In discussing the policy decision in October, the Board was mindful that rates were already very low and that each further cut brings closer the point at which other policy options might come into play. It also took into account the possibility that further easing could unintentionally convey an overly negative view of the economic outlook, or that the usual channels of policy transmission might be less effective at low interest rates. That said, the Board still assessed that lower rates would support the economy via a lower exchange rate, higher asset prices and a boost to aggregate household disposable income. Accordingly, it reduced the cash rate at the October meeting, to 0.75 per cent.
At its November meeting, the Board considered an updated set of forecasts. These forecasts imply some progress towards the medium-term inflation and full employment goals, but this progress is expected to be only gradual. The Board also recognised that global financial markets appear to have passed a trough of pessimism. In light of these circumstances and having cut the cash rate by ¾ percentage points over the past six months, to a new low of 75 basis points, the Board judged that it was appropriate to hold rates steady at its November meeting. This allows time to assess the effects of the recent easing of monetary policy as well as global developments. Given the outlook, the Board is prepared to ease monetary policy further if needed to support sustainable growth in the economy, full employment and the achievement of the medium-term inflation target over time.
In the end months of 2019 a number of reports began enunciating Australia was getting left behind by the BIG investors due to a perception we will fail to meet the Sustainable Development Goals (SDGs) by 2030.
In the last Issue for 2019 we ran an article which pointed out that '631 institutional investors managing more than $37 trillion in assets urge governments to step up efforts to tackle the global climate crisis and achieve the goals of the Paris Agreement, in a joint statement issued at the United Nations Climate Conference (COP25) being held in Madrid. The Global Investor Statement to Governments on Climate Change, developed by the seven Founding Partners of The Investor Agenda, urges governments to phase out thermal coal power, put a meaningful price on carbon pollution, end subsidies for fossil fuels, and update and strengthen nationally-determined contributions to meet the goals of the Paris Agreement.'
Finally a few predictions given by Nostradamus, whose true name was Michel de Nostredame, and who was not a 'seer' but a doctor, theurgist and French astrologer. He is best known for work of literature known as Les Propheties published for the first time in 1555. The book is a collection of quatrains written by the Frenchman. Believing in his predictions comes down to a personal point of view.
According to some interpretations the French seer predicted that a great earthquake would hit the American continent sometime in the year 2020. He is believed to have predicted how in the “New World–the West Lands” the major geological catastrophe will most likely occur.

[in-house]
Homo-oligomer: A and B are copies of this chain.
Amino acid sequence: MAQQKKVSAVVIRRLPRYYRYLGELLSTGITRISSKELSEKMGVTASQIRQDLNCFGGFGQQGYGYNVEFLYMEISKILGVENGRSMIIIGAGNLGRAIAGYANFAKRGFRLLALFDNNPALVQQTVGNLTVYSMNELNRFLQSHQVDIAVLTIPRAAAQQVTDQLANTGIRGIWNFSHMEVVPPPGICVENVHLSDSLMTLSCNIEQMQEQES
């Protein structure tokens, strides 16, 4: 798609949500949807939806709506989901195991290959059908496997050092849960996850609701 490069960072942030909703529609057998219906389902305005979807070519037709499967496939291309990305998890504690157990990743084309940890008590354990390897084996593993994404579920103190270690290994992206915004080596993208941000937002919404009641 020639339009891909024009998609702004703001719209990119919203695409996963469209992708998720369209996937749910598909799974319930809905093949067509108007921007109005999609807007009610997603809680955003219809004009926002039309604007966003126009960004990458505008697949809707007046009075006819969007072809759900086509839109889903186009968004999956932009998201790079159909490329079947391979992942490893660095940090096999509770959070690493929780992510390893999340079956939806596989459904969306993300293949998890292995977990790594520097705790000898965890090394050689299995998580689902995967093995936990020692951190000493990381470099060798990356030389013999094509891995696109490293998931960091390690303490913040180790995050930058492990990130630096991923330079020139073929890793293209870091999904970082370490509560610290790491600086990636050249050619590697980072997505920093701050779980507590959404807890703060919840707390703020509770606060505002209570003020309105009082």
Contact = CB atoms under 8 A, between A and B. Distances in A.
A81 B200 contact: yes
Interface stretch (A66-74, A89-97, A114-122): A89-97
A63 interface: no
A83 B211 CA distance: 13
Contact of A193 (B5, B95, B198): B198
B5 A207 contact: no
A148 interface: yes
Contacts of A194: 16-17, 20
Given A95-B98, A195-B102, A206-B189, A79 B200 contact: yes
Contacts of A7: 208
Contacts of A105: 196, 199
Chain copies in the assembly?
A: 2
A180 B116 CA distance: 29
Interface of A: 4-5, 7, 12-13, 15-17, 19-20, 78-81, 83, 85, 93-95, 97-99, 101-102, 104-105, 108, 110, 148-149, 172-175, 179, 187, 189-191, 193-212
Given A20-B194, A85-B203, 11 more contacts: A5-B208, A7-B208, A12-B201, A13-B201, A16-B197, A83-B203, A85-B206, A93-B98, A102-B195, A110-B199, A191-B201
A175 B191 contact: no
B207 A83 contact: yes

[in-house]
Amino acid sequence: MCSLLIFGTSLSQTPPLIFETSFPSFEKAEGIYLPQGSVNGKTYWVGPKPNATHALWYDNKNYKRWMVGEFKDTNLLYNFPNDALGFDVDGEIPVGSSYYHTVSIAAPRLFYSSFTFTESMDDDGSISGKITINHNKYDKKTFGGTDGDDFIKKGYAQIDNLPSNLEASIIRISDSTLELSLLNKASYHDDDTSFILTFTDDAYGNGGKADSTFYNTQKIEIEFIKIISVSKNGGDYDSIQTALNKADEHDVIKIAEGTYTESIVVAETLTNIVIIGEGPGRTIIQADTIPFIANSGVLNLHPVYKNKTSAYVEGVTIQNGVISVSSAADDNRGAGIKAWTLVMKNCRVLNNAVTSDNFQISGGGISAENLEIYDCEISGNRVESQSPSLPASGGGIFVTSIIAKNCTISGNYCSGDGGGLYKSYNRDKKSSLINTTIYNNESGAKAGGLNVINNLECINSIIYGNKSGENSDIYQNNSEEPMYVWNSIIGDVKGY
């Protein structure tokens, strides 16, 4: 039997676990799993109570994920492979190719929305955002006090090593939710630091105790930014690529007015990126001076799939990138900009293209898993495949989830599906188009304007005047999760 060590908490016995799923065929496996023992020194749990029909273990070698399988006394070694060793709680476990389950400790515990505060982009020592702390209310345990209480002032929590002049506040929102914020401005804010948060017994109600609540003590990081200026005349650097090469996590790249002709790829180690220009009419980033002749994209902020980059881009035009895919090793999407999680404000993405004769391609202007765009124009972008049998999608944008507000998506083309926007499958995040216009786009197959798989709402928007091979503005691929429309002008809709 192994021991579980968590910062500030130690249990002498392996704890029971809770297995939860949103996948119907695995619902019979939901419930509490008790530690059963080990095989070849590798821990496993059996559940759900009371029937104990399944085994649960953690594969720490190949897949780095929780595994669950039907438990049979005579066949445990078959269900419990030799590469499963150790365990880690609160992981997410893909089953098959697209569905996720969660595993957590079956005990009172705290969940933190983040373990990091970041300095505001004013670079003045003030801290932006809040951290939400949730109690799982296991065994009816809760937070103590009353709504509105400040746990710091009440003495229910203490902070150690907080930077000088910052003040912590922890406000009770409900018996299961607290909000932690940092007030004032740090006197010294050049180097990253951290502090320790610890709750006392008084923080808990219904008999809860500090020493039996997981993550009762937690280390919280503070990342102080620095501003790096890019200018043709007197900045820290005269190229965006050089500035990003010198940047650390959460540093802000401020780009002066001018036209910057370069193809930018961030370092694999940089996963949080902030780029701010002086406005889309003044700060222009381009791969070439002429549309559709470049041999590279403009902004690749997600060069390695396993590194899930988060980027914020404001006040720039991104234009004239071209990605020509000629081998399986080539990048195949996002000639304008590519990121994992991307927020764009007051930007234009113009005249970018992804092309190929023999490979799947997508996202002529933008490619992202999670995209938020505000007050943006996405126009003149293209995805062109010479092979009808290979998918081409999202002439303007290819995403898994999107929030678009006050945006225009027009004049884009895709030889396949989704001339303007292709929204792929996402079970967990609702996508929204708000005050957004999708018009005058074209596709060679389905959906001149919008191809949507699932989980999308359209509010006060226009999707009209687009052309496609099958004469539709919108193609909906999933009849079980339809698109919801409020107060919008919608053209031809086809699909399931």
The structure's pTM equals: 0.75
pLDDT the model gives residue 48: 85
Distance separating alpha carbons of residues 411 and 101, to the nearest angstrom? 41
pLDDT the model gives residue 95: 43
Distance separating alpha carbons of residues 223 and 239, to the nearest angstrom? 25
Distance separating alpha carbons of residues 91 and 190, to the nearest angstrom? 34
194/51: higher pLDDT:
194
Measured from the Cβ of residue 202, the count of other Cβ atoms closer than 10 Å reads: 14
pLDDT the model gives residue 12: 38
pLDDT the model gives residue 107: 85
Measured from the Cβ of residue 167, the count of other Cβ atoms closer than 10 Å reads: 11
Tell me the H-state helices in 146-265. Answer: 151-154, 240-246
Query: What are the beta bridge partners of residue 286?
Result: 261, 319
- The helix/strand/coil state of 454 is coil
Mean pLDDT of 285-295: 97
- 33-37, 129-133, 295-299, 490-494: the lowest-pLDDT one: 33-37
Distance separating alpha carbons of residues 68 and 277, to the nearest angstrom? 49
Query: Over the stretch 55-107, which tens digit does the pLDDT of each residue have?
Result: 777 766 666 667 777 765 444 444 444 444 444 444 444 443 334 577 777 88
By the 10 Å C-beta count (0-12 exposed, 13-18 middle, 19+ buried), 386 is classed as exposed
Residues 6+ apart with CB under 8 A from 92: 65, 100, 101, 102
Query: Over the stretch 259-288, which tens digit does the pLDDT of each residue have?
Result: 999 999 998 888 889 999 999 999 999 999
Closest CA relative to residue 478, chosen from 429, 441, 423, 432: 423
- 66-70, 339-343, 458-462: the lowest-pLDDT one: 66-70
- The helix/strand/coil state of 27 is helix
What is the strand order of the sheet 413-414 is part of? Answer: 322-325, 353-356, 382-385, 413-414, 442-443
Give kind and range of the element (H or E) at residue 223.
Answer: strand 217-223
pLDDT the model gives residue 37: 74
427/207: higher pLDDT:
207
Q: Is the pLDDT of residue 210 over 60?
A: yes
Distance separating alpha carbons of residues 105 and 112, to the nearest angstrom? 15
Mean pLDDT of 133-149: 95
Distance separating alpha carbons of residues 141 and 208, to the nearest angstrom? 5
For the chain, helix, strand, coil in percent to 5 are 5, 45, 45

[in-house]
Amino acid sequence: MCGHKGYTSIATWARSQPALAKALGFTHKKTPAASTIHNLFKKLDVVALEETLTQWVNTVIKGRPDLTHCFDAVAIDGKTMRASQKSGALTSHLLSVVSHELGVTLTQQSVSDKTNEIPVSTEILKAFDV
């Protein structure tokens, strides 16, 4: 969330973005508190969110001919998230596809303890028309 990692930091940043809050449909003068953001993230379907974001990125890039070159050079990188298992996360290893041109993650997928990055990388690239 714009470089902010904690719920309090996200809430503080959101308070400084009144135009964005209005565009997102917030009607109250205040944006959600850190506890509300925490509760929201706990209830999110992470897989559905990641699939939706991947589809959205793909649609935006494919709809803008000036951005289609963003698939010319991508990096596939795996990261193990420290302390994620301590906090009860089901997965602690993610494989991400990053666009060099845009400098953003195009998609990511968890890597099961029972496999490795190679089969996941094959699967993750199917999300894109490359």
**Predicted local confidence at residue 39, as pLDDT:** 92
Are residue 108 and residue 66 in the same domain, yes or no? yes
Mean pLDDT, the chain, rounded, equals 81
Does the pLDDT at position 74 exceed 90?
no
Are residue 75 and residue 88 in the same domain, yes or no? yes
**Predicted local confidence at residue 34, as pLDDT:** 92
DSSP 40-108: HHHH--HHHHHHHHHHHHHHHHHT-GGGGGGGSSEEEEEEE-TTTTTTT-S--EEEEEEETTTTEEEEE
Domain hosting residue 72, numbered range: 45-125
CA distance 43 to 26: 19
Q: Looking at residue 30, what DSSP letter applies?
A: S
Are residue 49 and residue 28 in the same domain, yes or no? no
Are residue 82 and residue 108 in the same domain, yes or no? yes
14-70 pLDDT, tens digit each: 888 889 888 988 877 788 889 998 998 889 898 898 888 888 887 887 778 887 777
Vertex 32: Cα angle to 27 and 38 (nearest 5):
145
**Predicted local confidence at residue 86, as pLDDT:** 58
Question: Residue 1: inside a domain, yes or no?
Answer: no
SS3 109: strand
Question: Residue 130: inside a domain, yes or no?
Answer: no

Economic Crisis in 2020. Nostradamus supposedly foresaw how 2020 would be marked by a major Economic crisis; Bankruptcy, recession, and dark times for the global economy. He supposedly also foresaw the 2008 crisis.
An abrupt rise in sea level is also forecast via his predictions for 2020 - although our Pacific neighbours would state that began a few years back, especially those Fijian villages that have had to be moved to higher ground. We know that climate change is a big issue in the world right now. Nostradamus, however, is believed to have predicted hundreds of years ago how the global sea level would change the world in 2020. Others have found among his quatrains how parts of what we know today as Antarctica will melt causing the global rise in sea levels by several meters.
Global warming will apparently be felt in 2020. The French seer is supposedly said to have foreseen that catastrophic–massive–storm will be registered in 2020. Many of these storms will turn into catastrophic hurricanes. Well, given the recent fire-storms that have engulfed so much of each Australian state, and aren't all out yet, these interpretations seem to echo what we're actually experiencing already.
It's a Brand New Positive World
Of course each year is a brand new opportunity to do our best, have a great go at it, and change what we'd like to see changed by doing it ourselves. We don't whinge about a lack of support when fighting fires - we get out and fight them, we don't cry too long over the felling of more protected trees; we get out and plant more. We are undiminished, undeterred and even reminded of our 2018 Celebration and Sydney hosting of the Invictus Games wherein those who competed in the sports were told by the Duke of Sussex: "You are the unconquered generation. You are the optimistic generation."
In recent years a growing number of voices have all been calling for similar responses to the challenges that we must meet regarding our environment and much better land management and care of water, the care of our children, the way we expect integrity instead of corruption and honesty instead of white lies or blatantly black ones.
Even if we do fall over some days this year, there will be other days where we are part of that positive process to take better care of this place, its environment and the animals that houses, take care of our children, young adults and elders, and take care of each other. On harder days we will remember the tide always turns and we know how to swim.
Let's do this!